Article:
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Macbeth - Charting his downfall

Uploaded by Superskunkman on Oct 07, 2000

This is my account of Macbeth’s downfall from a popular, successful soldier, quote “What he hath lost, noble Macbeth hath won”, who has received great honours for his loyalty, his courage, his bravery and his nobility. At the end of the play the only respect he has is because of the fear that his subjects have of him.

“Great Dunsinane he strongly fortifies // some say he’s mad, others that lesser hate him.”

I will go through Macbeth’s soliloquies and chart his character as it changes. A soliloquy is a speech made only to oneself, or even only thought.

Macbeth’s first soliloquy is in Act I, Scene III. Two of the things that the witches predicted have come true and Macbeth is contemplating how the third will come true. He thinks about killing Duncan, but he knows that these are only thoughts and he dismisses it and decides to leave it to chance and time.

“Present Fears // Are less than horrible imagining.”

“Whose (Duncan) murder is yet but fantastical.”

We can see that his mind is confused and distorted, because of what has happened and what may happen, and here we see the first signs of ambition, even though it is dismissed.

“My thought ……. // Shakes so my single state of man.”

The second soliloquy is in Act I, Scene IV, when the Thane of Cawdor has been killed. Duncan describes him as ‘a man on whom I built an absolute trust’. This parallels Macbeth, who he trusts, when he betrays him. Duncan pronounces his son as the prince of Cumberland and the heir to the throne. This throws Macbeth’s mind into even more confusion, as this is a ‘step which (he) must o’er-leap. He also, in the soliloquy, knows that his thoughts are evil, and he does not want good to see them.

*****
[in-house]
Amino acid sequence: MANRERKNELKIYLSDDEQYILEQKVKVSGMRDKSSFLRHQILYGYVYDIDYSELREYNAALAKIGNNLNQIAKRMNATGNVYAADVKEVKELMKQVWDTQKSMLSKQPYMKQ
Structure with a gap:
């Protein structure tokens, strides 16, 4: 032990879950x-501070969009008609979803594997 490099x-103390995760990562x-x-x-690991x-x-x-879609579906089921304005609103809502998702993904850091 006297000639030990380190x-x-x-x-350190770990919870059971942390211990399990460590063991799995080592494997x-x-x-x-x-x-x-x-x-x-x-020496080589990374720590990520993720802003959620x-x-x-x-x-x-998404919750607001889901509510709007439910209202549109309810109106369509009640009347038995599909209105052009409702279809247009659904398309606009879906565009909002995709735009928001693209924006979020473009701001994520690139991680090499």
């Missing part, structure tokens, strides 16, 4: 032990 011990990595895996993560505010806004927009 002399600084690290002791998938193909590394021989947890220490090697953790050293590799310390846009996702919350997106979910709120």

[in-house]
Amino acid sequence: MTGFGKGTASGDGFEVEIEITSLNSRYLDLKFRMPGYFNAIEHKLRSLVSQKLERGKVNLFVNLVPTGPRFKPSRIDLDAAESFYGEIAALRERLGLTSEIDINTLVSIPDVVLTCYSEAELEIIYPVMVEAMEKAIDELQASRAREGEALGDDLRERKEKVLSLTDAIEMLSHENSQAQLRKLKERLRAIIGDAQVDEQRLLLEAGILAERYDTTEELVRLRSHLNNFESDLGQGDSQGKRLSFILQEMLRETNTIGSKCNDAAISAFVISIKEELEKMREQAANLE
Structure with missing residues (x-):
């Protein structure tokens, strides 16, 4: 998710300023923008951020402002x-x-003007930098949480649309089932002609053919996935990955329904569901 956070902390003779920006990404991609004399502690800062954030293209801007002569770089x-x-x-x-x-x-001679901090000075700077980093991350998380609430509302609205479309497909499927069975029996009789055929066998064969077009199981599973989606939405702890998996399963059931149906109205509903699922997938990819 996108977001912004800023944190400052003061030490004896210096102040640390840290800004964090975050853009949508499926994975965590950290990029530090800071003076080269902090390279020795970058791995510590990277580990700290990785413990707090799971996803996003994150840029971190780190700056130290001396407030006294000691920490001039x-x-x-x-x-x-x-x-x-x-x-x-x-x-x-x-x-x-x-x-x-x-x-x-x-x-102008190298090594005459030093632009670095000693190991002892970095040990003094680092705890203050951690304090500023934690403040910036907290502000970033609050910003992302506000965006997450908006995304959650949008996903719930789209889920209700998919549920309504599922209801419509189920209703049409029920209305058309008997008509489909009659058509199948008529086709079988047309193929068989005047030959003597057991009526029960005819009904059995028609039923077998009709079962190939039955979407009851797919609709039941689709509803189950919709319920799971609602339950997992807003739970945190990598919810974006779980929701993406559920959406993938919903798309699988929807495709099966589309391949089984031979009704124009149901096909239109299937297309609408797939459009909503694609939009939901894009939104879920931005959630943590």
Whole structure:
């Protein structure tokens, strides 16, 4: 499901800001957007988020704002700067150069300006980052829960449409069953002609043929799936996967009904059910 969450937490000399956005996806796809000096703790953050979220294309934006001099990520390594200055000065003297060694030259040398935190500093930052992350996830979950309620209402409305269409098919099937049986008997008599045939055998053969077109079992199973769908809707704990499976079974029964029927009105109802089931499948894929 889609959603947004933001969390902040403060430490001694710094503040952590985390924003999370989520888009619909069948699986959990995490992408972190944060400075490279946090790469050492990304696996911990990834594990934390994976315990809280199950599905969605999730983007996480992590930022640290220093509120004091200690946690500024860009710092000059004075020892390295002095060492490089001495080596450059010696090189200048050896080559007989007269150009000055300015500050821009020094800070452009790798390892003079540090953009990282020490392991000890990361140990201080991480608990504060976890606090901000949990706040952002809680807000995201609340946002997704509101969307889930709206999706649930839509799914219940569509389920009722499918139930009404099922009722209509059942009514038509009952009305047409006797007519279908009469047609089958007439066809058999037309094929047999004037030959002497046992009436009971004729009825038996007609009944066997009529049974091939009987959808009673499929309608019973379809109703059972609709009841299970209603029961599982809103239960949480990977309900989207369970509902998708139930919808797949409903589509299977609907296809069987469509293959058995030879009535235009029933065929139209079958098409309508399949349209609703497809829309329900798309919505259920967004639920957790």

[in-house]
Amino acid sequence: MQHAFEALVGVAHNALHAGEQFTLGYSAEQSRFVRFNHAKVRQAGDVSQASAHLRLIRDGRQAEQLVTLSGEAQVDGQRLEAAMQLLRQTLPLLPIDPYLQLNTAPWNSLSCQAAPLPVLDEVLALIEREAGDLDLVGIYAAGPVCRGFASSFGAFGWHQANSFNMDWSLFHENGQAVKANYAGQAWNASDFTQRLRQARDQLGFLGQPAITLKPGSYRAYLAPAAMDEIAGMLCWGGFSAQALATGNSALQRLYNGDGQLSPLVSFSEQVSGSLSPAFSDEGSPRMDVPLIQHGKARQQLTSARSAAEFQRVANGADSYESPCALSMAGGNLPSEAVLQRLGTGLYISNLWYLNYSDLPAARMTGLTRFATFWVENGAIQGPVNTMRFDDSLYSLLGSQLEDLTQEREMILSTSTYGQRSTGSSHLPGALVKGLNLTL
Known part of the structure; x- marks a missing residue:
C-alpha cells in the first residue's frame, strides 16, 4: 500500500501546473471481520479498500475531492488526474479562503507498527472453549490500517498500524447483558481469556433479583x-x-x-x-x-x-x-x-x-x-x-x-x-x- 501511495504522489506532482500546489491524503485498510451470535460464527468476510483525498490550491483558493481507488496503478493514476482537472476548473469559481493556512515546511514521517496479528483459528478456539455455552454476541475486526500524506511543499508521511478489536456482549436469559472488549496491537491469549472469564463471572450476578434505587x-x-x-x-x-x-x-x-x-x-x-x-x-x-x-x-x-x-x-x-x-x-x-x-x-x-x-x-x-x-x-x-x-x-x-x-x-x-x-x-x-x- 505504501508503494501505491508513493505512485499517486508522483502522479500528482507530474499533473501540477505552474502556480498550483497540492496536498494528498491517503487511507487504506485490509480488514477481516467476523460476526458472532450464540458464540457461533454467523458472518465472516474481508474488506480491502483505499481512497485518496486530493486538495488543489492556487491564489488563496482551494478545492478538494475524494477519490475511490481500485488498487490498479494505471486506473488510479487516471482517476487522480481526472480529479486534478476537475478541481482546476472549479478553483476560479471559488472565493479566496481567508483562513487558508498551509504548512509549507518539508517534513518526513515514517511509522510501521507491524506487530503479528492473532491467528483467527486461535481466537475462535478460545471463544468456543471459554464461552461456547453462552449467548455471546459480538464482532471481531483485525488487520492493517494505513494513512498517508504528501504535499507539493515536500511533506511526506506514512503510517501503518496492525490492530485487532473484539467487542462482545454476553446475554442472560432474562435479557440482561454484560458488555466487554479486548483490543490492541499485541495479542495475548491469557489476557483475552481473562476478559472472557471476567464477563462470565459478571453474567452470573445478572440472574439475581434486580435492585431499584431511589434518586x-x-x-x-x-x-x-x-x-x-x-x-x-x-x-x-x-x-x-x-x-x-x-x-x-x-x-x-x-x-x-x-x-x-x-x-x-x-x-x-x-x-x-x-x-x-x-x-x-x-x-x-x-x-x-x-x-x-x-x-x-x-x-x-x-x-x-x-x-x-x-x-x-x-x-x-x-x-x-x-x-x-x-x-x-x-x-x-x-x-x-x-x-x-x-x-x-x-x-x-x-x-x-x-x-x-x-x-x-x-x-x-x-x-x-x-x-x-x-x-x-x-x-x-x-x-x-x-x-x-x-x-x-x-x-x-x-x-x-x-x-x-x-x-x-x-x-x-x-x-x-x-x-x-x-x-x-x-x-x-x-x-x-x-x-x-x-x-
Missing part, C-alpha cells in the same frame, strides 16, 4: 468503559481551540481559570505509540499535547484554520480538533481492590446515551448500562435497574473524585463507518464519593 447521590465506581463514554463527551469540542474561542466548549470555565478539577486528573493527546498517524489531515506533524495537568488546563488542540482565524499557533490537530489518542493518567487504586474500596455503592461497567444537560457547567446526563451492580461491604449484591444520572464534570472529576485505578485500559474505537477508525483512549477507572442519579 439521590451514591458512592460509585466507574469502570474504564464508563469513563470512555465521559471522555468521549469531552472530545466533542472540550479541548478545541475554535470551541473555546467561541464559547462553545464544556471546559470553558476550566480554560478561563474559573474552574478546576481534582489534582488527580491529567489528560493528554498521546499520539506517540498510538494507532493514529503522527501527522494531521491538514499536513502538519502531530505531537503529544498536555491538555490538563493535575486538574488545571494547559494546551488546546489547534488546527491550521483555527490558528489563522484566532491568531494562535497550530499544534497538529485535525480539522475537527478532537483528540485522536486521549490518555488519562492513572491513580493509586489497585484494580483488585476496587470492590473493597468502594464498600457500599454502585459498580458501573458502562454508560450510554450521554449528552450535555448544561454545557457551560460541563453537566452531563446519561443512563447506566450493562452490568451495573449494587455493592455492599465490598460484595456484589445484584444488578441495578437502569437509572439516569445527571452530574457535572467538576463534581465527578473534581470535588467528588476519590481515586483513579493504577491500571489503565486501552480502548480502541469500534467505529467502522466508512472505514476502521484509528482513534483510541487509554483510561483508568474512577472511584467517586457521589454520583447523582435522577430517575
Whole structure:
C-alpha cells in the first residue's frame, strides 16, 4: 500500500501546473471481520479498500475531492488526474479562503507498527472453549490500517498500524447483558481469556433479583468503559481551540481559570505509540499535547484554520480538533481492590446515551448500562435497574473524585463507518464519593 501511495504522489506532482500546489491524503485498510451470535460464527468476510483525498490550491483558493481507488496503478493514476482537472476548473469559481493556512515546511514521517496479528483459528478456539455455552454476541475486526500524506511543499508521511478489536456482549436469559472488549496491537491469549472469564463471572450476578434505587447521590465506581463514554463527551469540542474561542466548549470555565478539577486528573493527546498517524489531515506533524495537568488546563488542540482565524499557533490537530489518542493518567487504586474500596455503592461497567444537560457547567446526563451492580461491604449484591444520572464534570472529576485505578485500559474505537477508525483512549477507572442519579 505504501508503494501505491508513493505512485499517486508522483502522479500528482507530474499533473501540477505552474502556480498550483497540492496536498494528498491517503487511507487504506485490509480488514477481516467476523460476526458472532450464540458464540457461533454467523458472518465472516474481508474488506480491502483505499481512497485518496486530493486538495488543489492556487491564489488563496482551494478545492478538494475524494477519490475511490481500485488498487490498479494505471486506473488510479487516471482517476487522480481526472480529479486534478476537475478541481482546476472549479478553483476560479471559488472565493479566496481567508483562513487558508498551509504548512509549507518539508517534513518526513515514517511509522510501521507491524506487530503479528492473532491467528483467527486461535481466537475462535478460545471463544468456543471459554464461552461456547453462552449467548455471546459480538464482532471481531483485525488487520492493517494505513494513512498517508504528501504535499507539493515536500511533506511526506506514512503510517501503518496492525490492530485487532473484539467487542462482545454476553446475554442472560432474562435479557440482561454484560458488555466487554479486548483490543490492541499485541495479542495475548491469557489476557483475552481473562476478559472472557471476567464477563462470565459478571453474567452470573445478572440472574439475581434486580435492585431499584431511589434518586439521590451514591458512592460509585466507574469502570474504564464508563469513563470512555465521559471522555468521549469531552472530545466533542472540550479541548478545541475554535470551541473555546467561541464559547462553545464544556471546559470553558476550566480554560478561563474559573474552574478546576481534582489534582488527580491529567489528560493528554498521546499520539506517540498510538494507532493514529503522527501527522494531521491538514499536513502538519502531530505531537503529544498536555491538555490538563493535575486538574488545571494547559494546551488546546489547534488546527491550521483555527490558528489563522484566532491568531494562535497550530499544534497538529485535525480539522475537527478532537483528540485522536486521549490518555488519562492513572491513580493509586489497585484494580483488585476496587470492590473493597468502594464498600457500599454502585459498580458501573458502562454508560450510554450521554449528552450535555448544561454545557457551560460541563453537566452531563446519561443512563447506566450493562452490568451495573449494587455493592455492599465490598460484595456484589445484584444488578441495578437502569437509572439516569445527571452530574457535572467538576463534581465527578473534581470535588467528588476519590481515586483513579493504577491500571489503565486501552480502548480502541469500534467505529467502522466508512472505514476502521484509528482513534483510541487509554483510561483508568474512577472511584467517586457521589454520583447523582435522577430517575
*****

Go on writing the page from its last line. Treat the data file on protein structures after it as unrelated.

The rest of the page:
“Stars, hide your fires, // Let not light see my black and deep desires.”

In the third soliloquy Macbeth is still contemplating how he obtains the throne, but now he knows that murder is the only way, yet he fears ‘judgement’ and damnation. We see here that Macbeth has a conscience, and his mind cannot take the simple fact. He begins bringing up lots of excuses as to why he should not do it, but inevitably his ambition gets the better of him.

“He’s here in double trust: // …… his kinsman and his subject, // …… then as his host, // who should...

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Uploaded by:   Superskunkman

Date:   10/07/2000

Category:   Macbeth

Length:   6 pages (1,281 words)

Views:   1701

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